“An Ugly Truth” is the result of fifteen years of reporting. Frenkel and Kang, award-winning journalists for the Times, conducted interviews with more than four hundred people, mostly Facebook employees, past and present, for more than a thousand hours. Many people who spoke with them were violating nondisclosure agreements. Frenkel and Kang relied, too, on a very leaky spigot of “never-reported emails, memos, and white papers involving or approved by top executives.” They did speak to Facebook’s chief operating officer, Sheryl Sandberg, off the record, but Zuckerberg, who had coöperated with a 2020 book, “Facebook: The Inside Story” (Blue Rider), by the Wired editor Steven Levy, declined to talk to them.
Zuckerberg started the company in 2004, when he was a Harvard sophomore, with this mission statement: “Thefacebook is an online directory that connects people through social networks at colleges.” The record of an online chat is a good reminder that he was, at the time, a teen-ager:
ZUCK: i have over 4000 emails, pictures, addresses, sns
FRIEND: what?! how’d you manage that one?
ZUCK: people just submitted it
ZUCK: i don’t know why
ZUCK: they “trust me”
ZUCK: dumb fucks
Zuckerberg dropped out of college, moved to California, and raised a great deal of venture capital. The network got better, and bigger. Zuckerberg would end meetings by pumping his fist and shouting, “Domination!” New features were rolled out as fast as possible, for the sake of fuelling growth. “Fuck it, ship it” became a company catchphrase. Facebook announced a new mission in 2006, the year it introduced the News Feed: “Facebook is a social utility that connects you with the people around you.” Growth in the number of users mattered, but so did another measurement: the amount of time a user spent on the site. The point of the News Feed was to drive that second metric.
“Facebook was the world’s biggest testing lab, with a quarter of the planet’s population as its test subjects,” Frenkel and Kang write. Zuckerberg was particularly obsessed with regular surveys that asked users whether Facebook is “good for the world” (a tally abbreviated as GFW). When Facebook implemented such changes as demoting lies in the News Feed, the GFW went up, but the time users spent on Facebook went down. Zuckerberg decided to reverse the changes.
Meanwhile, he talked, more and more, about his sense of mission, each new user another saved soul. He toured the world promoting the idea. “For almost ten years, Facebook has been on a mission to make the world more open and connected,” Zuckerberg wrote in 2013, in a Facebook post called “Is Connectivity a Human Right?” It reads something like a papal encyclical. Zuckerberg was abroad when Sandberg, newly appointed Facebook’s chief operating officer—a protégée of Lawrence Summers’s and a former Google vice-president—established an ambitious growth model. But, Frenkel and Kang argue, “as Facebook entered new nations, no one was charged with monitoring the rollouts with an eye toward the complex political and cultural dynamics within those countries. No one was considering how the platform might be abused in a nation like Myanmar, or asking if they had enough content moderators to review the hundreds of new languages in which Facebook users across the planet would be posting.” Facebook, inadvertently, inflamed the conflict; its algorithms reward emotion, the more heated the better. Eventually, the United Nations concluded that social media played a “determining role” in the genocide and humanitarian crisis in Myanmar—with some twenty-four thousand Rohingya being killed, and seven hundred thousand becoming refugees. “We need to do more,” Zuckerberg and Sandberg would say, again, and again, and again. “We need to do better.”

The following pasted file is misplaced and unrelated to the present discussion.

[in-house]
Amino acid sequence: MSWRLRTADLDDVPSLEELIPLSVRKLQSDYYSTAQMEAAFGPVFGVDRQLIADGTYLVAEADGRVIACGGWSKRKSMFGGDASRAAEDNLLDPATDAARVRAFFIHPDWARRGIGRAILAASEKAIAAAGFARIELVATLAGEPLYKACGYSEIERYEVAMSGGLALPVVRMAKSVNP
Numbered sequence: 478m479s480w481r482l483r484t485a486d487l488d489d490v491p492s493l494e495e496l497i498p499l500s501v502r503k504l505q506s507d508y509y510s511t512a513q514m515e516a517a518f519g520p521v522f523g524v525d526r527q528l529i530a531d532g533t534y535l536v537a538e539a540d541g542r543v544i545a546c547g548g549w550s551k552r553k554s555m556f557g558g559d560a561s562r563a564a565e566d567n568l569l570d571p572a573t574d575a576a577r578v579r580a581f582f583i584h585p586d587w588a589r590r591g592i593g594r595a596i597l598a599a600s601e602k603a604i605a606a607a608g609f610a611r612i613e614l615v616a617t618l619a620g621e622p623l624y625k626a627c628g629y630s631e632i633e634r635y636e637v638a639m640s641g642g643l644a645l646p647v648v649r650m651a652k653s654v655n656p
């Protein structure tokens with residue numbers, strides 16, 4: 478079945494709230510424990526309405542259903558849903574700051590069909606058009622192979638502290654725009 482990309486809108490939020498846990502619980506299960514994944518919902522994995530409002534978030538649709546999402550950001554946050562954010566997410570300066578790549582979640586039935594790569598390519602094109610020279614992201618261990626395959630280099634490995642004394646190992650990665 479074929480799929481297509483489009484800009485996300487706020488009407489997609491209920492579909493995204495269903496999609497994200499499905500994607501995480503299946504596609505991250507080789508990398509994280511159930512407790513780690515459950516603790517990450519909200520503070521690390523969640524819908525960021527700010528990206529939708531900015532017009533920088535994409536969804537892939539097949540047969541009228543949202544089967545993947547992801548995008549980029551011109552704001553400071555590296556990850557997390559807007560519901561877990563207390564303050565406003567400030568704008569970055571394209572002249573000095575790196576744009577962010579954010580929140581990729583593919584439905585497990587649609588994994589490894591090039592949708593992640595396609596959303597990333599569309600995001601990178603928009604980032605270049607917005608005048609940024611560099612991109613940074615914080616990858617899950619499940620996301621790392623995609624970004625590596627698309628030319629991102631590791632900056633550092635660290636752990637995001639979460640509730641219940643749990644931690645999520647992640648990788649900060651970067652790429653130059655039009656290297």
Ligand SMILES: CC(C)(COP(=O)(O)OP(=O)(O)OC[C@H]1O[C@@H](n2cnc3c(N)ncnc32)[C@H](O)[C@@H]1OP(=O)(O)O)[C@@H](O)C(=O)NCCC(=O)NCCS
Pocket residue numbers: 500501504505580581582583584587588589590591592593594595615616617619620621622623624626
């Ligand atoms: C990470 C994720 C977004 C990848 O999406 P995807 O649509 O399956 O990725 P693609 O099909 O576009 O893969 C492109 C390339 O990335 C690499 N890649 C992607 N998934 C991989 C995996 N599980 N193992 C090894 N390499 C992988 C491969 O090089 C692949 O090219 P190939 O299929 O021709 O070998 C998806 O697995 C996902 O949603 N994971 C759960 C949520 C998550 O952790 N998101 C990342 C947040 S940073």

In 2015, by which time anyone paying attention could see that the News Feed was wreaking havoc on journalism, especially local news reporting, a new hire named Andrew Anker proposed adding a paywall option to a feature called “Instant Articles.” “That meant that in order to keep viewing stories on a publication, readers would have to be subscribers,” Levy writes. “Publishers had been begging for something like that to monetize their stories on Facebook.” But, Levy reports, when Anker pitched the idea to Zuckerberg, the C.E.O. cut him off. “Facebook’s mission is to make the world more open and connected,” Zuckerberg said. “I don’t understand how subscription would make the world either more open or connected.”
By the next year, more than half of all Americans were getting their news from social media. During the 2016 Presidential election, many were wildly misinformed. Russian hackers set up hundreds of fake Facebook accounts. They bought political ads. “I don’t want anyone to use our tools to undermine democracy,” Zuckerberg said. “That’s not what we stand for.” But, as Frenkel and Kang observe, “Trump and the Russian hackers had separately come to the same conclusion: they could exploit Facebook’s algorithms to work in their favor.” It didn’t matter if a user, or a post, or an article approved or disapproved of something Trump said or did; reacting to it, in any way, elevated its ranking, and the more intense the reaction, the higher the ranking. Trump became inescapable. The News Feed became a Trump Feed.